By Matt Remsberg, Special to SI.com, SchoolSports.com
With his attitude in check and a heater that has been clocked as high as 98 mph, Drabek hasn't had much of a problem controlling his stats, either. In addition to his scorching start to this season, he went 11-1 with a 0.82 ERA and 155 strikeouts as a junior last spring.
Those numbers have brought plenty of national notoriety. Drabek was selected to pitch in last summer's Aflac All-American High School Baseball Classic, a showcase in Maryland that featured 38 of the nation's top players from the Class of 2006. Drabek struck out four and allowed just one hit in two innings of work, helping his draft stock even more.
And make no mistake about it, Drabek wants to get to The Show as quickly as possible. Though he could have committed to pretty much any college in the country, he plans to sign with San Jacinto College if he doesn't like where he's selected in June so he can play one season of juco ball and re-enter the draft next summer. If he went to a four-year college, Drabek wouldn't be eligible for the draft again until 2009.
"I haven't really thought of a best-case scenario as far as what team picks me or where I get selected," says Drabek, who was named Class 5A Player of the Year by the Texas Sports Writers Association last spring. "I'm just hoping to get picked as high as possible."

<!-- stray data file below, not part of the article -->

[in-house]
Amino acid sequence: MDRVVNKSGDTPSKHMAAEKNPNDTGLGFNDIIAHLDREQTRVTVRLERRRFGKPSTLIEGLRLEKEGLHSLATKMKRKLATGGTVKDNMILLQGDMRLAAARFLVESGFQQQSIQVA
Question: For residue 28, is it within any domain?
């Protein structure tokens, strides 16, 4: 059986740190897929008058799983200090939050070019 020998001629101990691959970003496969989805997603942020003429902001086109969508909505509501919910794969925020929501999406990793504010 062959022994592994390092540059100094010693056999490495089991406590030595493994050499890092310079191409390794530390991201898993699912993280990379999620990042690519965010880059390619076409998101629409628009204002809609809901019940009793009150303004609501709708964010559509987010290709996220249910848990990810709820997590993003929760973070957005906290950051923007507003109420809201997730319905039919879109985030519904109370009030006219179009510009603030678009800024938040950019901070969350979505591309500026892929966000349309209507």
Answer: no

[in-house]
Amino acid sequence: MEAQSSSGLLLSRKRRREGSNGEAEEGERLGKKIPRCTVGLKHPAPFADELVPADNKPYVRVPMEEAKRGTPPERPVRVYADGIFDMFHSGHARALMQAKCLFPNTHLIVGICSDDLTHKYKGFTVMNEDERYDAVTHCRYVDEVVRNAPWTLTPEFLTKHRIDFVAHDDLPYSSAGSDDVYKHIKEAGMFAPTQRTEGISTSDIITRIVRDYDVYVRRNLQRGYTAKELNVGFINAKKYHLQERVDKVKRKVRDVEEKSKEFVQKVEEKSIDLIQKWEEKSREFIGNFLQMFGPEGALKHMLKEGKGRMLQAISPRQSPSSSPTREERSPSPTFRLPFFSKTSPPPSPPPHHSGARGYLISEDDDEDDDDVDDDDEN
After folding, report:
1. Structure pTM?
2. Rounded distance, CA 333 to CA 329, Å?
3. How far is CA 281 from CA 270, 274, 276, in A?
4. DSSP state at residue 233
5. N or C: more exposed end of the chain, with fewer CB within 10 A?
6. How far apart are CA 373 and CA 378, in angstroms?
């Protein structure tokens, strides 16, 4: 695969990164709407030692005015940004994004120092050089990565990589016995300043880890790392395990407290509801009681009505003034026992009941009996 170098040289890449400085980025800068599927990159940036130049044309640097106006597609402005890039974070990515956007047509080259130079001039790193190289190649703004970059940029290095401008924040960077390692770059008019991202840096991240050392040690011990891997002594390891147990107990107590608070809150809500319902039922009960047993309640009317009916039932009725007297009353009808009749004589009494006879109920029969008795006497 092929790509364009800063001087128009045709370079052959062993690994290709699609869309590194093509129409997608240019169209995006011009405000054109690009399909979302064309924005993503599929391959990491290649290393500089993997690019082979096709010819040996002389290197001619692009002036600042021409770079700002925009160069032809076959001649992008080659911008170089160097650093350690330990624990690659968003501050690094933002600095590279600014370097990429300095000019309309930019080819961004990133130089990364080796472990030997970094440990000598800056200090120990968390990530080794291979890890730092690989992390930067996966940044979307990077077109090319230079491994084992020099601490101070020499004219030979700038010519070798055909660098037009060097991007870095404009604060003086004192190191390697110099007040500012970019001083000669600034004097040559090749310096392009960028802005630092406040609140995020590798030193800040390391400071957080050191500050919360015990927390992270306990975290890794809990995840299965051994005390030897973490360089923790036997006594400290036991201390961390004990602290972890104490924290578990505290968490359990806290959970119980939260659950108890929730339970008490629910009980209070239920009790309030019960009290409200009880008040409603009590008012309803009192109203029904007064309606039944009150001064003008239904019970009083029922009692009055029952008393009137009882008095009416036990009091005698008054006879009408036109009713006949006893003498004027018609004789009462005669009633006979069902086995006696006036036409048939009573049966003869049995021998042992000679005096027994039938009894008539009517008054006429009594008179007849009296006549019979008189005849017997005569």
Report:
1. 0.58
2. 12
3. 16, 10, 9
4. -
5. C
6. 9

Considering he spent plenty of time with his dad in major league clubhouses growing up, it's not too surprising Drabek turned into one of the premier high school baseball players in the country. Throw in the fact that he has been coached by both his father and Roger Clemens (Drabek and Clemens' son, Koby, played together on the Houston Heat club team that won the 2004 World Wood Bat Championship) during his career, and Drabek's pitching prowess becomes even more understandable.
Drabek's command remains precise with his fastball, curveball and changeup to this day. And to make life even more miserable for the opposition, he's developing a slider and drops in a few knuckleballs each outing.
His command with the bat has also remained impressive. Drabek, who plays shortstop when he's not pitching, batted .479 last spring with six home runs and 33 RBI to help the Highlanders reach the Region II-5A semifinals.
Naturally, this kind of success puts a target on Drabek's back every time he walks into an opponent's stadium.
"We'll get kids and adults alike just yelling out things that actually make me embarrassed for high school baseball in this area," Eastman says. "But Kyle doesn't let it bother him at all. He goes out and silences people."
Sounds like a kid ready to make a major league leap.